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Here is Dr Lisa Morano and some of her students researches at the pierce's Disease Laboratory.
Johnny Ray Ramos
I am a Biology major and I am plainig to continue on to Graduate School when I graduate. I am currently doing research in Dr Lisa Morano's research lab. We are studing Xyllealla fastidiosa.
I am a Biology major in my senior year at UHD. I am in the Joint Admission Medical Program (JAMP) and I am going to pursue a career in medicine. I am currently doing research with Dr. Morano under the undergraduates in Biological and Mathematical Sciences Program (UBM). I am also obsessed with soccer and I wish that I had enough money to go skydiving every day.
I am a microbiology student at University of Houston-Downtown. Currently I’m working on biofilm quantification of the plant pathogen Xylella fastidiosa using a crystal violet assay in a micro-well plate. Specifically, I am testing the effect of grape sap on Xylella fastidiosa biofilm formation to see if it improves the growth rate and amount of biofilm formed. I have been doing research with Dr. Morano for a year. After I graduate I hope to attend a PA program.
My name is Gloria Abarca and I am a junior at the UHD. My major is biology and I started doing research along with Dr. Morano in summer 2009. I have worked with different primers that have the ability to detect unique strains of Xylella fastidiosa. Identification of Xylella samples using primers such as gyrase B will confirm unknown Xylella samples as either grape, weed or oleander strains. This is important to map the movement of Xylella strains around Texas. After graduating from UHD, I plan to attend medical school and pursue a career in family medicine.
My name is Matthew Ojeda and I am a junior at UHD. My major is Microbiology and I have done research in the Natural Science Department for two consecutive summers. The focus of my research with Dr. Morano in this summer of 2009 is the confirmation of Xylella fastidiosa (Xf) bacterial samples by using various bimolecular techniques. Before evaluating the genetic diversity of cultures across the state of determining which isolates are most pathogenic, we must first identify each isolate correctly. Genetic identification involves Polymerase chain reactions (PCR) with primers like that are Xf-specific like the gyrase B gene and a set of multiple primers specific for Xf oleander, grape or weed strains. After obtaining my Bachelors degree in Microbiology my plan is to attend medical school and purse a career in surgery.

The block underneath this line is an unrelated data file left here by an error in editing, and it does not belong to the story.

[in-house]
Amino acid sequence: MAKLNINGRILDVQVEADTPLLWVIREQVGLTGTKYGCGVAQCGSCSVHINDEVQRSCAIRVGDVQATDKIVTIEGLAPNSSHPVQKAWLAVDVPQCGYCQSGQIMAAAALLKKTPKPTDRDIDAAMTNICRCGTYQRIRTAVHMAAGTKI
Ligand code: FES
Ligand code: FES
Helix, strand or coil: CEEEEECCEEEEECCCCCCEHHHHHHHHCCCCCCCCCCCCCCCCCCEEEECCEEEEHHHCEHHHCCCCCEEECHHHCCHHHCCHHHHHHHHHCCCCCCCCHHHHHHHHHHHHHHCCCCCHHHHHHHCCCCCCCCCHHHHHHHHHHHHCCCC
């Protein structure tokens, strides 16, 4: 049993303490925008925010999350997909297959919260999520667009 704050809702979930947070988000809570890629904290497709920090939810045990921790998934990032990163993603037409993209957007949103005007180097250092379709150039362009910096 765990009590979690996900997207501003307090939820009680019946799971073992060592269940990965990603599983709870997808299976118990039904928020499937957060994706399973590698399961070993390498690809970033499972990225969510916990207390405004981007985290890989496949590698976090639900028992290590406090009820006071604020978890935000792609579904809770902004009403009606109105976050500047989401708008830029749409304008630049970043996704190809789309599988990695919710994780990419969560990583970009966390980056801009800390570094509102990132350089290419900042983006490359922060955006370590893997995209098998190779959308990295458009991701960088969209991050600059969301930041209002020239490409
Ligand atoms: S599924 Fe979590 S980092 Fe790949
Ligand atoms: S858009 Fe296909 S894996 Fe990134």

My name is Stephen Seidel and I am a senior Biology major. I am currently working on fingerprinting various strains of Xylella fastidiosa by comparing Small Sequences Repeats (SSR) in their genomes. This will allow us to map the origin of new X. fastidiosa isolates in newly infected areas of Texas. I am planning on pursuing a Masters in Public Health, focusing on the epidemiology of parasitic organisms.
My name is Kelly Phillips and I am a senior majoring in Biology with a minor in Chemistry. I plan to pursue a PhD in environmental microbiology, and/or molecular biology with an emphasis on pathogenic diseases in order to fulfill my career goal of becoming a research scientist. Currently, I am working in Dr. Morano's lab on a project to differentiate between strains of Xylella fastidiosa. This bacterium causes Pierce’s disease in grapevines and has devastated many vineyards in both California and Texas. Specifically, I am studying small sequence base repeats in the genome of different strains. SSRs or small sequence repeats are small genome sequences that change faster showing greater differences among strains than the more conserved genes. We hope to answer epidemiological questions about how X. fastidiosa is spreading around Texas over short time scales of months to years. This may aid in controlling the spread of Pierce's disease.
Adolfo Lara 1
Hello, my name is Adolfo Lara and I am currently working towards my Biology degree. I will be a sophomore in Fall 2009. I am working on the expression of genes of the bacteria Xylella fastidiosa when expressed to different types of plant sap. This bacterium causes serious problems for the grape industry. We hypothesize that when the grape strain of the bacteria is exposed to grape sap it will turn on genes that are important during its infection of grape plants. After graduation I plan to attend medical school or continue on in research.
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Last updated or reviewed on 9/12/11